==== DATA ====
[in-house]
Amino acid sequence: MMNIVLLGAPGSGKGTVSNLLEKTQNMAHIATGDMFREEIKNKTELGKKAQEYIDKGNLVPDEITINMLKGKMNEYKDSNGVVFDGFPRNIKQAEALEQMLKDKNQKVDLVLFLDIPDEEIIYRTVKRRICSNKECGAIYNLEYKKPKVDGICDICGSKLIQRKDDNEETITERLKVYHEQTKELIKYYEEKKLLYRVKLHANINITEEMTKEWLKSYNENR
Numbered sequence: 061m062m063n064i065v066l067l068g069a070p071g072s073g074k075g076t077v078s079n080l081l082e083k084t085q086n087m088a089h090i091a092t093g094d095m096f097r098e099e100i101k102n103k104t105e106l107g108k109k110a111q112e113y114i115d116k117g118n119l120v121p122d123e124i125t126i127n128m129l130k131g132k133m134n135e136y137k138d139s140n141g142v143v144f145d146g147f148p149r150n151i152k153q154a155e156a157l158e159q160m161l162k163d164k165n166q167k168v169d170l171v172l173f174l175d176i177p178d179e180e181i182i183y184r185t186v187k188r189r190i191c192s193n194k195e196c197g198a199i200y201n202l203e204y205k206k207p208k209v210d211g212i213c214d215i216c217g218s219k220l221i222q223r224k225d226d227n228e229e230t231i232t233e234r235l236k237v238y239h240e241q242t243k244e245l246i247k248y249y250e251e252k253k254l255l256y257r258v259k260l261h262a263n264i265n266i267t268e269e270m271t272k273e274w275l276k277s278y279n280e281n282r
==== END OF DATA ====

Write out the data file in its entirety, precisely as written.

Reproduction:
[in-house]
Amino acid sequence: MMNIVLLGAPGSGKGTVSNLLEKTQNMAHIATGDMFREEIKNKTELGKKAQEYIDKGNLVPDEITINMLKGKMNEYKDSNGVVFDGFPRNIKQAEALEQMLKDKNQKVDLVLFLDIPDEEIIYRTVKRRICSNKECGAIYNLEYKKPKVDGICDICGSKLIQRKDDNEETITERLKVYHEQTKELIKYYEEKKLLYRVKLHANINITEEMTKEWLKSYNENR
Numbered sequence: 061m062m063n064i065v066l067l068g069a070p071g072s073g074k075g076t077v078s079n080l081l082e083k084t085q086n087m088a089h090i091a092t093g094d095m096f097r098e099e100i101k102n103k104t105e106l107g108k109k110a111q112e113y114i115d116k117g118n119l120v121p122d123e124i125t126i127n128m129l130k131g132k133m134n135e136y137k138d139s140n141g142v143v144f145d146g147f148p149r150n151i152k153q154a155e156a157l158e159q160m161l162k163d164k165n166q167k168v169d170l171v172l173f174l175d176i177p178d179e180e181i182i183y184r185t186v187k188r189r190i191c192s193n194k195e196c197g198a199i200y201n202l203e204y205k206k207p208k209v210d211g212i213c214d215i216c217g218s219k220l221i222q223r224k225d226d227n228e229e230t231i232t233e234r235l236k237v238y239h240e241q242t243k244e245l246i247k248y249y250e251e252k253k254l255l256y257r258v259k260l261h262a263n264i265n266i267t268e269e270m271t272k273e274w275l276k277s278y279n280e281n282r